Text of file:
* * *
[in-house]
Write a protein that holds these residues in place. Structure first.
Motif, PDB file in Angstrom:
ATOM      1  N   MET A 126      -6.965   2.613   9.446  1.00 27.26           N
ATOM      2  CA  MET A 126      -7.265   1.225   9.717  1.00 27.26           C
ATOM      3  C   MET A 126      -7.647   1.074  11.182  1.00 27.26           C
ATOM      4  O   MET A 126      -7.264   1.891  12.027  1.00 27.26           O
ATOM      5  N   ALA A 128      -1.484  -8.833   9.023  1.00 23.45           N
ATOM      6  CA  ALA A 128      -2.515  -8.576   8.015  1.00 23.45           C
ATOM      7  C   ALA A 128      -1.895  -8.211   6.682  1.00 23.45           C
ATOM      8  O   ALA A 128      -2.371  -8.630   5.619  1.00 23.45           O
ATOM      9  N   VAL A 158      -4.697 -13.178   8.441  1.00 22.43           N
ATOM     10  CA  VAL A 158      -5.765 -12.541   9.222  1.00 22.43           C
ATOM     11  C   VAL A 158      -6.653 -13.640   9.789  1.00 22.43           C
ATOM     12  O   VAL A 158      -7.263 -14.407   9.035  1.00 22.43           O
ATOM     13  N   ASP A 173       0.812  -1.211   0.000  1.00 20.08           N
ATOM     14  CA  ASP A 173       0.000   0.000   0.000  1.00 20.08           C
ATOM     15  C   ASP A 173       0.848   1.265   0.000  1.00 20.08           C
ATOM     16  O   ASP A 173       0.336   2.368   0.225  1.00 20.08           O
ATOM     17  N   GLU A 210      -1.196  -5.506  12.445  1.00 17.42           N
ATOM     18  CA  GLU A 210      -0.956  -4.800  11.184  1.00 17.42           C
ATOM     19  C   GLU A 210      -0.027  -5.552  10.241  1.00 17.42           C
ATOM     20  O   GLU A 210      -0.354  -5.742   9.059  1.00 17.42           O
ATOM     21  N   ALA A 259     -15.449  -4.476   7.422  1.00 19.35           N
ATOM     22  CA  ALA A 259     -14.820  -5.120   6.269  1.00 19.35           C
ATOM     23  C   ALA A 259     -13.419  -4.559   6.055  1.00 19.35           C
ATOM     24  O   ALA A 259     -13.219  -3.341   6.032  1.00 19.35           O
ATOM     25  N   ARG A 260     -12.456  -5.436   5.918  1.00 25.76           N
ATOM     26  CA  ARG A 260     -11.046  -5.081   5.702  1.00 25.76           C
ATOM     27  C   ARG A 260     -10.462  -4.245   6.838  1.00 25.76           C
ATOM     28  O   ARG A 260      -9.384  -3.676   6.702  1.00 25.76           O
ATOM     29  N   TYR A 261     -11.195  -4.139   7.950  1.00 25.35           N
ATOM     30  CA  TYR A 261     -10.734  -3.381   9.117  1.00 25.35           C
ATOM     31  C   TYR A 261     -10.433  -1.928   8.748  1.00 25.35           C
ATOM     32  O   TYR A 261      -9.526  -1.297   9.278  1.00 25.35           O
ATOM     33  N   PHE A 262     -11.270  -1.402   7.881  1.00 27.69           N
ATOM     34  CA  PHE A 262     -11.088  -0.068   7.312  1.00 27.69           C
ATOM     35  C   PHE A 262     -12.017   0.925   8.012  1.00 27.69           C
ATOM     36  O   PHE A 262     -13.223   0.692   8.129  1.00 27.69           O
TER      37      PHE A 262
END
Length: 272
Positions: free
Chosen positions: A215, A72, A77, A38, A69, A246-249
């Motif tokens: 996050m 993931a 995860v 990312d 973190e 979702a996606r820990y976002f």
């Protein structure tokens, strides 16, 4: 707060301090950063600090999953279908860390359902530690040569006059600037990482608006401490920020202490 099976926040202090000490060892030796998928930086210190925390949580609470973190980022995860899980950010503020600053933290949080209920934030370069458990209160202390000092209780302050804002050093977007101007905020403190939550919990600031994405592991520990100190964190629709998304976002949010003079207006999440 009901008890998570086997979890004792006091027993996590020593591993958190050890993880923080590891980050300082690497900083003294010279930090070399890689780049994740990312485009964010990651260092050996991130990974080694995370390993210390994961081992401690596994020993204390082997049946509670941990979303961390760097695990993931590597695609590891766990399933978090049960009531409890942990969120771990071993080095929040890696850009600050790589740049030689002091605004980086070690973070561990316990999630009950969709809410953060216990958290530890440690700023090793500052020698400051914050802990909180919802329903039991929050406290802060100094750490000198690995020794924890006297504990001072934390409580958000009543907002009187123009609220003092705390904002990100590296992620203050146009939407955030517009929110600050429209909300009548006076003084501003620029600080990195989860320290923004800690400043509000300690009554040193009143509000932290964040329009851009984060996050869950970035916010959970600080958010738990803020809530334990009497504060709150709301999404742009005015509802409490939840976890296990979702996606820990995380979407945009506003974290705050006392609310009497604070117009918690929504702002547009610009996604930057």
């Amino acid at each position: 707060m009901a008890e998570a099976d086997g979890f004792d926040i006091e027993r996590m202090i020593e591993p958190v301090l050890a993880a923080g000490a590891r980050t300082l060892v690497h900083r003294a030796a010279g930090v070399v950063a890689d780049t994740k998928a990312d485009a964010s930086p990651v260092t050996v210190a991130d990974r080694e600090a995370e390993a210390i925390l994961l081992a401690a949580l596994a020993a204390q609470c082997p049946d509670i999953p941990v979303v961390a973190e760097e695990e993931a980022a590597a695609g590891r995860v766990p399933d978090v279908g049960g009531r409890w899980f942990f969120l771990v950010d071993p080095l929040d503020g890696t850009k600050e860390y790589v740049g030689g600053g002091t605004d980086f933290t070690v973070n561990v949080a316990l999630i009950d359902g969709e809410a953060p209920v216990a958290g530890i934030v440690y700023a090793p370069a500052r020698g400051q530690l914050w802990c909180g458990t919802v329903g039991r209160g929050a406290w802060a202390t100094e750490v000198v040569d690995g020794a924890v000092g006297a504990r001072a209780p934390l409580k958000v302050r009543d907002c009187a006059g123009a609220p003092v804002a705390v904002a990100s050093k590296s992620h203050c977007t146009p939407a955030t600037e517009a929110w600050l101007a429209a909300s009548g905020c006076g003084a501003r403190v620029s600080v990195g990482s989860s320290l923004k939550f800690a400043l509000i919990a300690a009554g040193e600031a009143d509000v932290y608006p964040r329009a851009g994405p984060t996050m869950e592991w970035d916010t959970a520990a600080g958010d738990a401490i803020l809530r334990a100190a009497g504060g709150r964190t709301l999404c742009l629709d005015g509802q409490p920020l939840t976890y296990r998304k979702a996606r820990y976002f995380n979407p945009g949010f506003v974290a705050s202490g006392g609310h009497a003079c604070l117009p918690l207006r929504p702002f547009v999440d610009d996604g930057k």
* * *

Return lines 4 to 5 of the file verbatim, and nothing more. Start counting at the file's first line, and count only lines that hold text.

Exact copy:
ATOM      1  N   MET A 126      -6.965   2.613   9.446  1.00 27.26           N
ATOM      2  CA  MET A 126      -7.265   1.225   9.717  1.00 27.26           C